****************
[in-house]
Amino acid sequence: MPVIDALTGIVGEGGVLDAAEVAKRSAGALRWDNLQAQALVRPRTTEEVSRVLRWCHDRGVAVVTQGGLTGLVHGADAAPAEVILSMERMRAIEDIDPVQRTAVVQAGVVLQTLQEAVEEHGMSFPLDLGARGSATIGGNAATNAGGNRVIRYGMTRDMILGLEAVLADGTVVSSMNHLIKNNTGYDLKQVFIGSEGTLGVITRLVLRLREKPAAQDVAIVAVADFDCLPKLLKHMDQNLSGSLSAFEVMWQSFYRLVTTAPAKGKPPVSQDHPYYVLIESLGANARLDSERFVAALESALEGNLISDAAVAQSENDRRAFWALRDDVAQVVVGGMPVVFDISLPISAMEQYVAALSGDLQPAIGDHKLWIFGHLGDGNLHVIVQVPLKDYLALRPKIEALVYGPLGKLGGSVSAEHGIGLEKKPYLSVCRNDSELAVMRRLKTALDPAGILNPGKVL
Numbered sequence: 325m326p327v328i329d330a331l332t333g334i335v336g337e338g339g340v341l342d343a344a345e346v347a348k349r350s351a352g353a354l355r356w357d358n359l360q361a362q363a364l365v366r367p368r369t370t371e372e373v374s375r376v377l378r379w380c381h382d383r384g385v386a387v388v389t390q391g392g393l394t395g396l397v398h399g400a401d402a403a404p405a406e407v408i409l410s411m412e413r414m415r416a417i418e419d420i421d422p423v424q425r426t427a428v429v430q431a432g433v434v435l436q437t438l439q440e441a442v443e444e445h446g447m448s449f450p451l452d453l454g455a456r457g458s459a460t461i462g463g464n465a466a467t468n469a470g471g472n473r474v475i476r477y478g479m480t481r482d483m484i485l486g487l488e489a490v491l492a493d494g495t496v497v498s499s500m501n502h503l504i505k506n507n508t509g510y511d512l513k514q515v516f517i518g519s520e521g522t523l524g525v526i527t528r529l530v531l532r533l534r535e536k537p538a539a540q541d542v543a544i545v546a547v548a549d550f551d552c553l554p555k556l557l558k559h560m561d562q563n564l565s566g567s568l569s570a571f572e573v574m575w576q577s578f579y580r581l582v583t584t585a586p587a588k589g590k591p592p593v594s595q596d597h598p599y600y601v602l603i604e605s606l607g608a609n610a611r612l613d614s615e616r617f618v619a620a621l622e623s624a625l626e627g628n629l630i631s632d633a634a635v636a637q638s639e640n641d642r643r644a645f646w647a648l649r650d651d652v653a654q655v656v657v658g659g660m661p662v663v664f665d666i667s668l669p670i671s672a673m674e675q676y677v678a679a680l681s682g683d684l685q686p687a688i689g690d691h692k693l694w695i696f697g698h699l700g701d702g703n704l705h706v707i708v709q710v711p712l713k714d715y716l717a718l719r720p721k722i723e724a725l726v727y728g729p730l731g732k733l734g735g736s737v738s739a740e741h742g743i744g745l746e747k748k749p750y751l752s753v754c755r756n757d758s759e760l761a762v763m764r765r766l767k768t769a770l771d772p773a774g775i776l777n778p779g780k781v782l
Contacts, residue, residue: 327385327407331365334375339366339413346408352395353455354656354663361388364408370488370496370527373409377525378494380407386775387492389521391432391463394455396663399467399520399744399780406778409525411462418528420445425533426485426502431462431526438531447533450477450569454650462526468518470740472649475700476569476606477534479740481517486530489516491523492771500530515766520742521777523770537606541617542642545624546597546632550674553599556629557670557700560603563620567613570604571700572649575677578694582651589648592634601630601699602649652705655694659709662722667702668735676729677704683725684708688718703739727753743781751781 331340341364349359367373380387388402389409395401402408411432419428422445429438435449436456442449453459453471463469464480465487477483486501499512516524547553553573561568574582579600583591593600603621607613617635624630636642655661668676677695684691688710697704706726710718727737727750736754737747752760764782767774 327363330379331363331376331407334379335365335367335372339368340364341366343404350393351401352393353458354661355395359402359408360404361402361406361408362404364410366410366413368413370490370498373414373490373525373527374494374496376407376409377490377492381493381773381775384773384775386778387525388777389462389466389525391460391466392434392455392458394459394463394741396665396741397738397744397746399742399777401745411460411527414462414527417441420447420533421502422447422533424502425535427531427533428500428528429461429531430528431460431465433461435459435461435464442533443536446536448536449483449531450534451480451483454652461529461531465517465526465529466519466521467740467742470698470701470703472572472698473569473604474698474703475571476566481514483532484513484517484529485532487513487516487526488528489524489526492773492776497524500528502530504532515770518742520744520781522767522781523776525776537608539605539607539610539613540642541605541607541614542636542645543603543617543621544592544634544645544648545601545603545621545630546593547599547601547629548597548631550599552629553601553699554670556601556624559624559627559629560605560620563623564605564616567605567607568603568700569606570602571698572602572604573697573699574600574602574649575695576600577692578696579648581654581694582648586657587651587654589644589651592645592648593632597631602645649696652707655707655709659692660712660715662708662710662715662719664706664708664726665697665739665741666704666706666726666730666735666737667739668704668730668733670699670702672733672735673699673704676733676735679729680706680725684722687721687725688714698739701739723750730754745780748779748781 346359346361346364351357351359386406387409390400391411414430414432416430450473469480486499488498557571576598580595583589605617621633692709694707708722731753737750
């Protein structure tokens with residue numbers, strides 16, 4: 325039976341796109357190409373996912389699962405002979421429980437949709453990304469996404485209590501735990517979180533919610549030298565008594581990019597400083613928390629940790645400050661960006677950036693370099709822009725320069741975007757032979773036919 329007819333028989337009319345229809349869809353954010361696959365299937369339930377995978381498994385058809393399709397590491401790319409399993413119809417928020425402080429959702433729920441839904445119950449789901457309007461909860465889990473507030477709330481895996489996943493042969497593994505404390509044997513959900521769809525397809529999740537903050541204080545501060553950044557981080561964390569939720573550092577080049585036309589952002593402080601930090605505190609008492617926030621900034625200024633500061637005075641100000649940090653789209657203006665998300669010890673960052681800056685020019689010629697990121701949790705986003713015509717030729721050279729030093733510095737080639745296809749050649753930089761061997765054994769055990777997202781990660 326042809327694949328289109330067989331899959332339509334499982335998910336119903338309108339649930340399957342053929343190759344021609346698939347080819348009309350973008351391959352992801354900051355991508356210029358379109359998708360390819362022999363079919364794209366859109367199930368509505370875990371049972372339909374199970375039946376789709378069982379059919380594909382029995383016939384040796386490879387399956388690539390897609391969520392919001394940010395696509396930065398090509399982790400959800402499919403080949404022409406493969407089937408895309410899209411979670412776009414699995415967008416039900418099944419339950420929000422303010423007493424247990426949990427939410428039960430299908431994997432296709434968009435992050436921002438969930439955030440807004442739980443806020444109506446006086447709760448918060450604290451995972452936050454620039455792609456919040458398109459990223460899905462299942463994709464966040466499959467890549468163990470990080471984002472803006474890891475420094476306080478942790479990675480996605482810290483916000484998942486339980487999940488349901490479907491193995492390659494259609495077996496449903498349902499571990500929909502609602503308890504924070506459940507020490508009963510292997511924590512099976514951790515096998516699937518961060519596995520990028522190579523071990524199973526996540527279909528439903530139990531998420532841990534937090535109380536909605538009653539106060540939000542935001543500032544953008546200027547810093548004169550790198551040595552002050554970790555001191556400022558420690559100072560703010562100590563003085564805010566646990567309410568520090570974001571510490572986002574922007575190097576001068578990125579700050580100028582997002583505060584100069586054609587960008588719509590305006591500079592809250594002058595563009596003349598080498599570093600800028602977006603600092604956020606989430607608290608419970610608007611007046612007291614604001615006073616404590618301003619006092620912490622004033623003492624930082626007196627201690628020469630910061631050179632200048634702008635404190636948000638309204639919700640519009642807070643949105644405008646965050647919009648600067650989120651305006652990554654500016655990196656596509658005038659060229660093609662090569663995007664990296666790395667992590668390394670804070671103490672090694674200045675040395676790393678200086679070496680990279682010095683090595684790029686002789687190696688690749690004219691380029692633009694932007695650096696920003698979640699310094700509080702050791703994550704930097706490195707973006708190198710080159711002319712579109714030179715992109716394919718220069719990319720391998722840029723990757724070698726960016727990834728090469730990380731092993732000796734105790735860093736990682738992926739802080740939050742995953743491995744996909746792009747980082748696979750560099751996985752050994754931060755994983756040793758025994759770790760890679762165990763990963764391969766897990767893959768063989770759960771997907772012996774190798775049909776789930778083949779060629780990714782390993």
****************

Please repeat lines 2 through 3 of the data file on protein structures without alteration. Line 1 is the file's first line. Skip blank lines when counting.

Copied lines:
Amino acid sequence: MPVIDALTGIVGEGGVLDAAEVAKRSAGALRWDNLQAQALVRPRTTEEVSRVLRWCHDRGVAVVTQGGLTGLVHGADAAPAEVILSMERMRAIEDIDPVQRTAVVQAGVVLQTLQEAVEEHGMSFPLDLGARGSATIGGNAATNAGGNRVIRYGMTRDMILGLEAVLADGTVVSSMNHLIKNNTGYDLKQVFIGSEGTLGVITRLVLRLREKPAAQDVAIVAVADFDCLPKLLKHMDQNLSGSLSAFEVMWQSFYRLVTTAPAKGKPPVSQDHPYYVLIESLGANARLDSERFVAALESALEGNLISDAAVAQSENDRRAFWALRDDVAQVVVGGMPVVFDISLPISAMEQYVAALSGDLQPAIGDHKLWIFGHLGDGNLHVIVQVPLKDYLALRPKIEALVYGPLGKLGGSVSAEHGIGLEKKPYLSVCRNDSELAVMRRLKTALDPAGILNPGKVL
Numbered sequence: 325m326p327v328i329d330a331l332t333g334i335v336g337e338g339g340v341l342d343a344a345e346v347a348k349r350s351a352g353a354l355r356w357d358n359l360q361a362q363a364l365v366r367p368r369t370t371e372e373v374s375r376v377l378r379w380c381h382d383r384g385v386a387v388v389t390q391g392g393l394t395g396l397v398h399g400a401d402a403a404p405a406e407v408i409l410s411m412e413r414m415r416a417i418e419d420i421d422p423v424q425r426t427a428v429v430q431a432g433v434v435l436q437t438l439q440e441a442v443e444e445h446g447m448s449f450p451l452d453l454g455a456r457g458s459a460t461i462g463g464n465a466a467t468n469a470g471g472n473r474v475i476r477y478g479m480t481r482d483m484i485l486g487l488e489a490v491l492a493d494g495t496v497v498s499s500m501n502h503l504i505k506n507n508t509g510y511d512l513k514q515v516f517i518g519s520e521g522t523l524g525v526i527t528r529l530v531l532r533l534r535e536k537p538a539a540q541d542v543a544i545v546a547v548a549d550f551d552c553l554p555k556l557l558k559h560m561d562q563n564l565s566g567s568l569s570a571f572e573v574m575w576q577s578f579y580r581l582v583t584t585a586p587a588k589g590k591p592p593v594s595q596d597h598p599y600y601v602l603i604e605s606l607g608a609n610a611r612l613d614s615e616r617f618v619a620a621l622e623s624a625l626e627g628n629l630i631s632d633a634a635v636a637q638s639e640n641d642r643r644a645f646w647a648l649r650d651d652v653a654q655v656v657v658g659g660m661p662v663v664f665d666i667s668l669p670i671s672a673m674e675q676y677v678a679a680l681s682g683d684l685q686p687a688i689g690d691h692k693l694w695i696f697g698h699l700g701d702g703n704l705h706v707i708v709q710v711p712l713k714d715y716l717a718l719r720p721k722i723e724a725l726v727y728g729p730l731g732k733l734g735g736s737v738s739a740e741h742g743i744g745l746e747k748k749p750y751l752s753v754c755r756n757d758s759e760l761a762v763m764r765r766l767k768t769a770l771d772p773a774g775i776l777n778p779g780k781v782l